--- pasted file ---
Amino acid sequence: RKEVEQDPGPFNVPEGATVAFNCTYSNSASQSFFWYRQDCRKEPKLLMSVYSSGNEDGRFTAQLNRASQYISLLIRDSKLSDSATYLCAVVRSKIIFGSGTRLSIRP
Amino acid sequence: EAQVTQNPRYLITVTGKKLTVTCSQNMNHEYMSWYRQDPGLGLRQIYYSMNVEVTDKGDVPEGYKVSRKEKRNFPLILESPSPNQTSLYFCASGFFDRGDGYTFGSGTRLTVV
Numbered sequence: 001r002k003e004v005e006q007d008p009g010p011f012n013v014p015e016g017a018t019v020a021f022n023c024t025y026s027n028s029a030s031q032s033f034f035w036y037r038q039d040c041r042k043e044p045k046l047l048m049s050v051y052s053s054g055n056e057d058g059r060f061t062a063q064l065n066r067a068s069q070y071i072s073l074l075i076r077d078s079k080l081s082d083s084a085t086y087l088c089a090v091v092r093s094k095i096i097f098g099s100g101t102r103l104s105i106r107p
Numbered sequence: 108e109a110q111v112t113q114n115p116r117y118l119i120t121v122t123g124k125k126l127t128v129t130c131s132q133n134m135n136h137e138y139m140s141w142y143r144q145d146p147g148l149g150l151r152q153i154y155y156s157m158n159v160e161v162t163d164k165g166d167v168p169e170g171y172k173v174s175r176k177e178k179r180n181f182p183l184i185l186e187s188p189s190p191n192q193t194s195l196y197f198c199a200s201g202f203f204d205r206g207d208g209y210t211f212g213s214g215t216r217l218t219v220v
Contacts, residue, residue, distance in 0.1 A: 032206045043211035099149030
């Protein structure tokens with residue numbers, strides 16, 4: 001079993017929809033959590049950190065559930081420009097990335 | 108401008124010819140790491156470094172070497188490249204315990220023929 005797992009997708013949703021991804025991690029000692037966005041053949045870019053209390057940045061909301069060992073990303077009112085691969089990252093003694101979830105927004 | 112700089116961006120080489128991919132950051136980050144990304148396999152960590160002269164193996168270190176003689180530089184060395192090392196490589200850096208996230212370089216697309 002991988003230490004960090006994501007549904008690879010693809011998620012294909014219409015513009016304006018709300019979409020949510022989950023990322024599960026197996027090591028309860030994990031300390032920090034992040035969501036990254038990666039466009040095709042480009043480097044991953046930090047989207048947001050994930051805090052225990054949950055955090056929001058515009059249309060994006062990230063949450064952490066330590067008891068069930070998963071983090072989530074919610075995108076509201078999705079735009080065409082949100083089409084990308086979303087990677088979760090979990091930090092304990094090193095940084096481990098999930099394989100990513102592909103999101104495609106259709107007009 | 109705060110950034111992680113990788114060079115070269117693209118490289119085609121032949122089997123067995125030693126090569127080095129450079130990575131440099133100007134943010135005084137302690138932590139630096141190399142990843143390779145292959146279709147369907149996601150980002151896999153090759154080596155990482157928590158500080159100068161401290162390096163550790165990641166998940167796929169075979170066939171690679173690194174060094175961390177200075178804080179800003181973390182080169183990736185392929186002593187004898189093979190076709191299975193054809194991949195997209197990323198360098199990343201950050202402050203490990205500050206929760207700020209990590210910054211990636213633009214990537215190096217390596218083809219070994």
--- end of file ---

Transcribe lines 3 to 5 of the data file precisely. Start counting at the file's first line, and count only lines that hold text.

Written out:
Numbered sequence: 001r002k003e004v005e006q007d008p009g010p011f012n013v014p015e016g017a018t019v020a021f022n023c024t025y026s027n028s029a030s031q032s033f034f035w036y037r038q039d040c041r042k043e044p045k046l047l048m049s050v051y052s053s054g055n056e057d058g059r060f061t062a063q064l065n066r067a068s069q070y071i072s073l074l075i076r077d078s079k080l081s082d083s084a085t086y087l088c089a090v091v092r093s094k095i096i097f098g099s100g101t102r103l104s105i106r107p
Numbered sequence: 108e109a110q111v112t113q114n115p116r117y118l119i120t121v122t123g124k125k126l127t128v129t130c131s132q133n134m135n136h137e138y139m140s141w142y143r144q145d146p147g148l149g150l151r152q153i154y155y156s157m158n159v160e161v162t163d164k165g166d167v168p169e170g171y172k173v174s175r176k177e178k179r180n181f182p183l184i185l186e187s188p189s190p191n192q193t194s195l196y197f198c199a200s201g202f203f204d205r206g207d208g209y210t211f212g213s214g215t216r217l218t219v220v
Contacts, residue, residue, distance in 0.1 A: 032206045043211035099149030